Google funding the Sandy Hook hoax websites

There’s been a lot of movement on social media and in the news today regarding Sandy Hook, the Elementary School shooting in which 20 children died in 2012 in Newtown, Connecticut. The reason for the revival of this tragic event? The fact that Alex Jones, the Infowars conspiracy theorist, has been interviewed by NBC anchor Megyn Kelly.

The decision to give any kind of airtime and stage for the likes of Alex Jones to vent his theories, on such a mainstream platform such as NBC, has rightly angered many people – including those families of the victims, as you’d imagine. JP Morgan Chase have pulled their adverts from NBC News until after the interview gets aired on 18th June, and many other organisations (and people) have announced their outrage at the network’s channel to allow the interview to air.

Reverting back to the Google Display Network, as we often do here at Don’t Fund Hate, we can find many “Sandy Hook hoax” websites which are continuing to spread the word that the tragedy was indeed a hoax, as some part of a wider conspiracy theory. These websites were all accepted onto the Google Display Network, and which are all generating advertising revenue thanks to Google.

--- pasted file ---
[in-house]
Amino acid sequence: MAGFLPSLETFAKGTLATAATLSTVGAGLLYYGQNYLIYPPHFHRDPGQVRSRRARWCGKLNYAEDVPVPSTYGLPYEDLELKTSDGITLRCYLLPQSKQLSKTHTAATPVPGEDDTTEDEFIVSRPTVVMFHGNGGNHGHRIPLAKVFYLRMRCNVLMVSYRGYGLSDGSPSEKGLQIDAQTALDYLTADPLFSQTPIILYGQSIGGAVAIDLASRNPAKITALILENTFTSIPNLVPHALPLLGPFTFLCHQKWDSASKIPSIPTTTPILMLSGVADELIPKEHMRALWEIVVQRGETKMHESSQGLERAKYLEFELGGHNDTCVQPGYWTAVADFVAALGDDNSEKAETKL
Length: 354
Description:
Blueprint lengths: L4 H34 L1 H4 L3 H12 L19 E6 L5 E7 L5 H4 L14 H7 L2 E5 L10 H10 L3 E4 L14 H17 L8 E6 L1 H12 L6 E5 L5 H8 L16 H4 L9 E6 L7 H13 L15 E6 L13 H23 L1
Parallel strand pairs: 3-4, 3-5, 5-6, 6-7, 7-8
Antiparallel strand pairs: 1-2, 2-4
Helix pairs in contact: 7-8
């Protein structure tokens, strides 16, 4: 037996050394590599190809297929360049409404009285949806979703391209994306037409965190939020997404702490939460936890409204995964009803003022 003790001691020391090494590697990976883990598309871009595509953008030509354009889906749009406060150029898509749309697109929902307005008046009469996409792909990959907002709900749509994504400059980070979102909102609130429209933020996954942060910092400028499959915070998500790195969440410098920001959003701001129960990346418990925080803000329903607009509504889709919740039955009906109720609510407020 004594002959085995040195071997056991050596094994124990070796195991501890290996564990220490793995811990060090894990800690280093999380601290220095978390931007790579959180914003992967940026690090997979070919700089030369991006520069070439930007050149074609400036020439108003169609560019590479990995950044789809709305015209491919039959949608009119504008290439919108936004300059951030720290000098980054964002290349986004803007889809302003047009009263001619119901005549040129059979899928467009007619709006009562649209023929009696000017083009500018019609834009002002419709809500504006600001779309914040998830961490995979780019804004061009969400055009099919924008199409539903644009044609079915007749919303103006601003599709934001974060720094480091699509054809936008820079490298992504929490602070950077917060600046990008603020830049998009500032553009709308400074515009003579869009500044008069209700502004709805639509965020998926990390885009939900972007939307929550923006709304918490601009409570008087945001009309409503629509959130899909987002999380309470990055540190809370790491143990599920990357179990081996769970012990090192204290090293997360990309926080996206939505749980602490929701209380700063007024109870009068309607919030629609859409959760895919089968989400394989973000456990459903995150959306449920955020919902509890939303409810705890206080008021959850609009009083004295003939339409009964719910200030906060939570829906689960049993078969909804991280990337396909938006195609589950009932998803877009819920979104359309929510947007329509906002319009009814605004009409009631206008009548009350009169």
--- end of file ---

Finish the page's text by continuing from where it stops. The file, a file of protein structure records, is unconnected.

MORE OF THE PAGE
So again this raises the big question as to how can Google be so accepting with regard the type of content they allow onto their platform? Many users on Twitter expressed their outrage toward Google, as well as pointing the finger at the brands which are advertising on these Sandy Hook hoax sites (although it’s extremely unlikely they chose to have their ads on these sites, as it’s often an automatic process). John Ellis was one such person, taking the time to include screenshots in his tweets as highlighted below.

We remind all brands that advertise using the Google Display Network, or other kinds of programmatic ad networks, that you can easily add exclusions to the platform, in effect preventing your ads from appearing on these websites – something which we really recommend, and that we hope Google starts to do sooner, rather than later.

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